The immuno-EM data point strongly towards a presynaptic effect being the dominant site of the immunopathological effects of anti-GQ1b Abs at the NMJ, as suggested by our earlier studies (Willison et al., 1996; Goodyear et al., 1999; Plomp et al., 1999; Bullens et al., 2000; O'Hanlon et al., 2001, 2003; Jacobs et al., 2002). The anti-GQ1b mAb used in this study does not bind postsynaptic membranes, as reported using human MFS-associated anti-GQ1b antisera (Buchwald et al., 2001; Wessig et al., 2001). As an alternative to quantitative EM for assessing pSC injury, we established an easier method using EthD-1 nuclear uptake, which provides an indication of plasma membrane integrity (Daly et al., 1992). Here we have interpreted nuclear uptake of EthD-1 as an index of lytic cell death, whilst recognizing that some EthD-1 uptake might also occur in cells whose membrane injury is reversible (Jones and Morgan, 1991).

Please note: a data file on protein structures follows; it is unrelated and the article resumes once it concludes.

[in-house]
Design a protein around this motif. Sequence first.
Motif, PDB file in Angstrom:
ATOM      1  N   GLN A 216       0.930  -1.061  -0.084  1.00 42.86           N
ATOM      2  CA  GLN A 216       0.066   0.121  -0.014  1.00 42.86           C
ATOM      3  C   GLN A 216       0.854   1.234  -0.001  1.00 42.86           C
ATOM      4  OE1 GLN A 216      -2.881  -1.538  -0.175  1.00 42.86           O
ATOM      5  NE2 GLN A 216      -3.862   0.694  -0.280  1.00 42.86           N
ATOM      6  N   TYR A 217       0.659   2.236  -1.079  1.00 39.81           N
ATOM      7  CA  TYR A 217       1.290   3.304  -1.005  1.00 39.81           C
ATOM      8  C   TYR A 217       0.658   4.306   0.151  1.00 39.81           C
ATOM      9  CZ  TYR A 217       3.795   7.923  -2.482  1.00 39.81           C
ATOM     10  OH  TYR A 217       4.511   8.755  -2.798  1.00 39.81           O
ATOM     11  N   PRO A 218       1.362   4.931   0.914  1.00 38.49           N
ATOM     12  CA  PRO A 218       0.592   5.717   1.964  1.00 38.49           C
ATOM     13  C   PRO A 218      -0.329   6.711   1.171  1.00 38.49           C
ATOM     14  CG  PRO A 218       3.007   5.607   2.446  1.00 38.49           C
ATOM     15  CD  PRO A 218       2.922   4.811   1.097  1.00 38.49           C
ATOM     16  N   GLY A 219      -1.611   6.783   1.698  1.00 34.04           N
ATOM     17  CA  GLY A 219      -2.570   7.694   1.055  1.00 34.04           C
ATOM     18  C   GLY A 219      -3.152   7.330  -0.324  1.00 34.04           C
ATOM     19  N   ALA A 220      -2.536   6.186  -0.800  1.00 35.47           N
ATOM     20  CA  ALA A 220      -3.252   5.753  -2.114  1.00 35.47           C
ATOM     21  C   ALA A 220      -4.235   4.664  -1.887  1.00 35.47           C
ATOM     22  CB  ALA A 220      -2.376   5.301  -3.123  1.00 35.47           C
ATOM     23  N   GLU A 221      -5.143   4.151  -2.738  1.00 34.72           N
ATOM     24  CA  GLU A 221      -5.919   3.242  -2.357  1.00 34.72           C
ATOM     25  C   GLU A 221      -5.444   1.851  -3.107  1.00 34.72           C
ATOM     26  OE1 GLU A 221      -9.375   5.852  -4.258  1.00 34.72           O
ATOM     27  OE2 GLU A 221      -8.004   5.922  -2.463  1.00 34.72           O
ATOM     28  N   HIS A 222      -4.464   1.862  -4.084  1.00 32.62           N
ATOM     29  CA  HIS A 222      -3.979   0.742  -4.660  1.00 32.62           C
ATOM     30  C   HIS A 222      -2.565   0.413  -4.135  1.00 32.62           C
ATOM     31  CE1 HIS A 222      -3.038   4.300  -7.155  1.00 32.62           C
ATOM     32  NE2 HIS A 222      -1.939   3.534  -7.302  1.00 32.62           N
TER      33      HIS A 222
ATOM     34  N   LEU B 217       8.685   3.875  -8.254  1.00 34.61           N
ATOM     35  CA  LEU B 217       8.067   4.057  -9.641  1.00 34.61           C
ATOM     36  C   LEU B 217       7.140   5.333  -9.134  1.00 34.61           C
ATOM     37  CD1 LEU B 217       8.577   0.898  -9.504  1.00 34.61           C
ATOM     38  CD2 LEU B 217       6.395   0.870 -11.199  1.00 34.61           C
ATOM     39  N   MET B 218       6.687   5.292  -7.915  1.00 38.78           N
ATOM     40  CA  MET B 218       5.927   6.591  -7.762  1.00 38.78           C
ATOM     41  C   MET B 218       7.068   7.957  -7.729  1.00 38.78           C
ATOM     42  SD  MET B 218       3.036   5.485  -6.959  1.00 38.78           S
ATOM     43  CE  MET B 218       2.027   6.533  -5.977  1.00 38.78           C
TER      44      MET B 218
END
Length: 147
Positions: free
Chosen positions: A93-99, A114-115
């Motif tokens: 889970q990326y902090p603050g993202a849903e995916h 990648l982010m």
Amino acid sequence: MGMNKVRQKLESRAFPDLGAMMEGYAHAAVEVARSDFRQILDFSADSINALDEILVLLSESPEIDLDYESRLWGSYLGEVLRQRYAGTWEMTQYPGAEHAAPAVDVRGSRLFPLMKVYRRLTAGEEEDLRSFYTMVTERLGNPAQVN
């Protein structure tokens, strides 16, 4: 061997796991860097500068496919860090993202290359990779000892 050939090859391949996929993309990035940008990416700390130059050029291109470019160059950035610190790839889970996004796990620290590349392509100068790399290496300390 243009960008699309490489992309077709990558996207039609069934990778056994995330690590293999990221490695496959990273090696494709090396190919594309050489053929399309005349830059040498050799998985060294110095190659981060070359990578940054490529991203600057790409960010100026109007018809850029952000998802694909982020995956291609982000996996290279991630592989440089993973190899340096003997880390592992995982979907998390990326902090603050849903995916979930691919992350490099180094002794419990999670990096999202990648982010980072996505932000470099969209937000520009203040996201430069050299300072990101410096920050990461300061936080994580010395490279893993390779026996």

Using the EthD-1 assay, the proportion of MAC-damaged pSCs at any one end-plate in this model varies from none to all (Fig. 6). Since not all pSC nuclei are present in the plane of section, it is possible that the proportion of injured pSCs we observed is an under-estimate. However, the EM data indicate that some pSCs have been able to respond to nerve terminal injury by process formation, thereby indicating at least a proportion are viable. The extensive pSC injury seen here was unexpected, since in our previous report pSC process extension was observed without obvious necrotic injury (O'Hanlon et al., 2001). We have recently been able to attribute this to a striking difference in the susceptibility of pSCs to injury between previously used NIH Swiss and the current Balb/c strains of mice; this appears to be due to a difference in the level of CGM3 binding (G. O'Hanlon, unpublished data). We cannot attribute CGM3 binding to any specific ganglioside within the disialosyl series, but our evidence that the CGM3 mAb binding is directed at ganglioside epitopes rather than other disialylated structures has been reported previously (Bullens et al., 2002).